Welcome back to Science Fair, your guide to the science events happening in Columbia’s digital nexus. This week mostly features COVID events, so we at Bwog Science would like to remind you to stay indoors, reconsider your travel plans, and generally remember to take this thing seriously. Thanksgiving turkey isn’t even that good anyway.

People Count: Contact Tracing Apps and Public Health

  • Monday, November 16, 11:40 AM – 12:40 PM, click here for more information
  • “Pandemics end because we shut down the infection source, eradicate it, or vaccinate against it. But if these techniques don’t work, then we contact trace. For COVID-19, which spreads respiratorily even before someone shows symptoms, manual contact tracing can be too slow. Phone-based apps might be able to speed this up, but raise lots of issues. We need to know: Is an app efficacious? Does the app help or hinder the efforts of human-based contact tracing, a practice central to ending epidemics? If not—and efficacy must be measured across different communities—there is no reason to consider its use any further. Is the use of the app equitable? What are the social and legal protections for people who receive an exposure notification? Does a contact-tracing app improve public health more effectively than other efforts? Does the public support its use? Without public support, apps fail. The next pandemic will be different from COVID-19. Now is the time to decide what sorts of medical and social interventions we will make and what choices we want. The choices we make now will reverberate forever.”

Columbia SIPA/EI/Mailman Weekly CoV-2 Seminar: Alison Galvani

  • Wednesday, November 18, 1:00 PM – 2:00 PM, click here for more information
  • “Yale School of Public Health Professor Alison Galvani will discuss COVID-19 in the US: A confluence of healthcare insecurity, an inadequate social safety net and feckless leadership.”

Being a Scientist During a Global Pandemic – Hosted by the CNS of CU

  • Thursday, November 19, 8:00 PM, click here for more information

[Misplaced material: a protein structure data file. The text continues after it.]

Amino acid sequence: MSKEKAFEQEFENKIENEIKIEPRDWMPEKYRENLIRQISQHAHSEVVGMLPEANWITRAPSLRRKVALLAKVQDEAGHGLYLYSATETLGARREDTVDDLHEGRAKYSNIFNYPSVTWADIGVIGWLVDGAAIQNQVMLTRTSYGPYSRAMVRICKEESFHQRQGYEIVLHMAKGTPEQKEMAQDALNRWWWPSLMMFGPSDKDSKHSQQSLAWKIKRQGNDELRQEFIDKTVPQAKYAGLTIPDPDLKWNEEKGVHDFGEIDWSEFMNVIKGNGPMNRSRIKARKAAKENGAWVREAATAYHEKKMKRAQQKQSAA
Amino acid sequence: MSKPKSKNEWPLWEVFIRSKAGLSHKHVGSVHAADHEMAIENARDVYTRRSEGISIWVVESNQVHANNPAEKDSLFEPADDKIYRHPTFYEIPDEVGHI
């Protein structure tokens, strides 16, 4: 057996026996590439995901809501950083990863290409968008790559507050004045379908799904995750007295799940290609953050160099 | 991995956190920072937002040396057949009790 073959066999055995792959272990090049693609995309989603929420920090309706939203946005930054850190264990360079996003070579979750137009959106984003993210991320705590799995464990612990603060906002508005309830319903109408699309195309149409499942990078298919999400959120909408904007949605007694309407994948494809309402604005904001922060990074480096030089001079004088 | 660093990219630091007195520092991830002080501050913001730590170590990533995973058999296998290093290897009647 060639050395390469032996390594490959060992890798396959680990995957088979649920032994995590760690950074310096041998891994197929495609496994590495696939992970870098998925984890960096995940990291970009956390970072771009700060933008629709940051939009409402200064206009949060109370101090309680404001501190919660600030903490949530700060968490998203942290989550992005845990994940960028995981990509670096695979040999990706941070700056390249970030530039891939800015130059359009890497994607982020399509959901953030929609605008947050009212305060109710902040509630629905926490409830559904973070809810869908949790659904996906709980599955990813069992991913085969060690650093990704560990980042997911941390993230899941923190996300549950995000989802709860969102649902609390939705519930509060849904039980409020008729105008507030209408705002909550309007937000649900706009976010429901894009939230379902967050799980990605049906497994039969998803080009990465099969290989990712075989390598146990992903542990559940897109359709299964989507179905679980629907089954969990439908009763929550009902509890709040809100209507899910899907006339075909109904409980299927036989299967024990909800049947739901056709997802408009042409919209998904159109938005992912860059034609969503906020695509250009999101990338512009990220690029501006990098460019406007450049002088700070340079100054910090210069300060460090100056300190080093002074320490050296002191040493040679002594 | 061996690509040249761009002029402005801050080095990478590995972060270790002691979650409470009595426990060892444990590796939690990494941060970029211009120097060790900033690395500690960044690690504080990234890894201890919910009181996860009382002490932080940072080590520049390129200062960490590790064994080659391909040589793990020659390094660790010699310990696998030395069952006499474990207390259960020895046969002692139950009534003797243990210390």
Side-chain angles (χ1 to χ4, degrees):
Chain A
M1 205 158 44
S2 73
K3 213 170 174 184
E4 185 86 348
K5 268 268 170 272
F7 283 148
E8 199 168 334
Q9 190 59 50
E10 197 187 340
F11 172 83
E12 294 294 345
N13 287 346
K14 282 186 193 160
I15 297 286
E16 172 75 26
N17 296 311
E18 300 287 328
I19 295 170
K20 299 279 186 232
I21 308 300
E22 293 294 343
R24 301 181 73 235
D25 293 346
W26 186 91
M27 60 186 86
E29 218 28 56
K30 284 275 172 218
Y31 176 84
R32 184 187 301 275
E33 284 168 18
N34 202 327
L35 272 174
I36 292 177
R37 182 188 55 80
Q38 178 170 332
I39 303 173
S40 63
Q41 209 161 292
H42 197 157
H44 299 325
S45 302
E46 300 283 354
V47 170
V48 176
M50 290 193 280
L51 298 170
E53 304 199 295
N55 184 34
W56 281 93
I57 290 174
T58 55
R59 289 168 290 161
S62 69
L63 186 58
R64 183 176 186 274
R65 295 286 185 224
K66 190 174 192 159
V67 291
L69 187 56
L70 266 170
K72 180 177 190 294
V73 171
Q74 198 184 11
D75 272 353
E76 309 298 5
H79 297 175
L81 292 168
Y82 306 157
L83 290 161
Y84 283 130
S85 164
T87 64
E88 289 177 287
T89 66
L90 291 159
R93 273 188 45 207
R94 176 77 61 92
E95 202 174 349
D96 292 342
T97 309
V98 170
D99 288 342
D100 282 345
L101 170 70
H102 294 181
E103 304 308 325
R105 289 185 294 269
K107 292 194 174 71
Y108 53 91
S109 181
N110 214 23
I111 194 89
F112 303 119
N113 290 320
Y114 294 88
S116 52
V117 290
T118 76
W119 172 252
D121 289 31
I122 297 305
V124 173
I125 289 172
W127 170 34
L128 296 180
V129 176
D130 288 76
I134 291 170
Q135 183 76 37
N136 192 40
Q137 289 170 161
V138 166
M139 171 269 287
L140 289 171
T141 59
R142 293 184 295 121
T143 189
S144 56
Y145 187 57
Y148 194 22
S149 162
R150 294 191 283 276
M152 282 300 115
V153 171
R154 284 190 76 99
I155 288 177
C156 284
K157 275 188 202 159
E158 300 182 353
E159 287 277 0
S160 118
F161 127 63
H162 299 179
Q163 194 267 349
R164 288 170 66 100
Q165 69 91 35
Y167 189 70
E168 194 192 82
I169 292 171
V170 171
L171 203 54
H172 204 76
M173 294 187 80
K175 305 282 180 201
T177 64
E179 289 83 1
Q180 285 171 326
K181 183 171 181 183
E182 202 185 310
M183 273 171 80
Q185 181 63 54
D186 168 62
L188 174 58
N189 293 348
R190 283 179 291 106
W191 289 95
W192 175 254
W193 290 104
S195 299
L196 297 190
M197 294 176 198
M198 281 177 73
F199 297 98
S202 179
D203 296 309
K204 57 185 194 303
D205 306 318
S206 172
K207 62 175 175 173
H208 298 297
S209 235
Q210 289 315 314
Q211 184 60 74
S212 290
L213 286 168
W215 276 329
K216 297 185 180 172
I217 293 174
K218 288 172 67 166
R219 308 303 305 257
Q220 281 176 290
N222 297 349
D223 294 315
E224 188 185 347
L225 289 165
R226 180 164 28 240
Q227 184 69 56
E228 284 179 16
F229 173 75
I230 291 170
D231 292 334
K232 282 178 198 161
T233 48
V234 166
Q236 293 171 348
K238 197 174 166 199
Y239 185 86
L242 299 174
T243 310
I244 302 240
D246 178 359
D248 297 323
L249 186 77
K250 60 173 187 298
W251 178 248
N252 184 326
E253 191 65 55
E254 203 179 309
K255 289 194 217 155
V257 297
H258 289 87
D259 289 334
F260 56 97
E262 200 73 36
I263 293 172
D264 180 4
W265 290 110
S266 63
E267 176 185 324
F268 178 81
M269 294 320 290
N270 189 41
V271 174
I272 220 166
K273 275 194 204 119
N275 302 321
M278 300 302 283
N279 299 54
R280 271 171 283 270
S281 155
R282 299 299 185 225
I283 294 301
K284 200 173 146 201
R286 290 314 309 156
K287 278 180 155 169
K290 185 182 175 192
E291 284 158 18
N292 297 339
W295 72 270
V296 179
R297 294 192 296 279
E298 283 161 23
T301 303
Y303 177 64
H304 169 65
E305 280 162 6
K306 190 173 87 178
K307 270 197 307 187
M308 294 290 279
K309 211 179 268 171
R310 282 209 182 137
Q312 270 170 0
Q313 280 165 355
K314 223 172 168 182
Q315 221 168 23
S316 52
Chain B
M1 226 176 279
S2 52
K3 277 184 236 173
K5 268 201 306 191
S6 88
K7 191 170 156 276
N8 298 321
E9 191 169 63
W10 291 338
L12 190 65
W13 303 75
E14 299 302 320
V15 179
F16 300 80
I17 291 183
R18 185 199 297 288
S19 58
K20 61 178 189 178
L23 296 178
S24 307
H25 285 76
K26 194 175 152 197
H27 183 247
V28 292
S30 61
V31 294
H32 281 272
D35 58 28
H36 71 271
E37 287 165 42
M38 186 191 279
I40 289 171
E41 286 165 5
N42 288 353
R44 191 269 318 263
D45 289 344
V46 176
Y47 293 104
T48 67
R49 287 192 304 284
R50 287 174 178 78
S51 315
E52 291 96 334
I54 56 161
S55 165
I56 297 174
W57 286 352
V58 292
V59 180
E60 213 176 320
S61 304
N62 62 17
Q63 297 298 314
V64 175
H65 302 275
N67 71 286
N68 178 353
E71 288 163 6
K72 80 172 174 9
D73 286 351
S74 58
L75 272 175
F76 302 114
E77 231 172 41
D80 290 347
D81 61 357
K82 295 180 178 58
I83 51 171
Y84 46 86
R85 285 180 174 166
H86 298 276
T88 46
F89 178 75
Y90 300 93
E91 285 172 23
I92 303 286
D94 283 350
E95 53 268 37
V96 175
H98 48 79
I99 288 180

• “Due to the pandemic and a societal trend of mistrusting science, it is important, now more than ever, for scientists to have platforms to communicate both their research and their personal experiences with the public. To this end, we plan to have three Stories in Science events, each with one or two scientists, to discuss three different aspects of human stories in the pandemic: experiences being a scientist during Covid-19, conducting research on the virus itself, and communicating science to the public.Join CNS’ Stories in Science for our first event on Thursday, November 19th at 8PM EST. Professor Lila Davachi and Professor Alfredo Spagna will speak on how COVID has impacted their research, personal life and the balance between their personal and professional lives.”

National Undergraduate Conference on Scientific Journalism – Hosted by Columbia Undergraduate Science Journal

  • Saturday, November 21, 10:30 – 4:30 PM, click here for more information
  • “Interested in publishing scientific research as an undergraduate? Curious about the spread of scientific information? CUSJ is hosting the National Undergraduate Conference on Scientific Journalism on Saturday, November 21, and you’re invited to attend! The conference, which is the first of its kind, will bring together hundreds of student-scientists and more than 18 undergraduate research journals from across the nation to discuss research ethics and practice, the publication process, the role of student journals, and more. The event will be held over Zoom. Speakers include Dr. Martin Chalfie (2008 Nobel Laureate and Columbia Biology professor), Carl Zimmer (science columnist for the New York Times), Amy Ellis Nutt (2011 Pulitzer Prize winner), and more. Featured events include panels on the Effective Consumption of Research, COVID-19 and the Spread of Scientific Information, and Careers in Scientific Journalism & Communication.”

Update 10/17/20 at 3:27 PM: This post has been corrected to reflect that Columbia Undergraduate Science Journal, not Columbia Science Review, is hosting the National Undergraduate Conference on Scientific Journalism. Bwog regrets the error.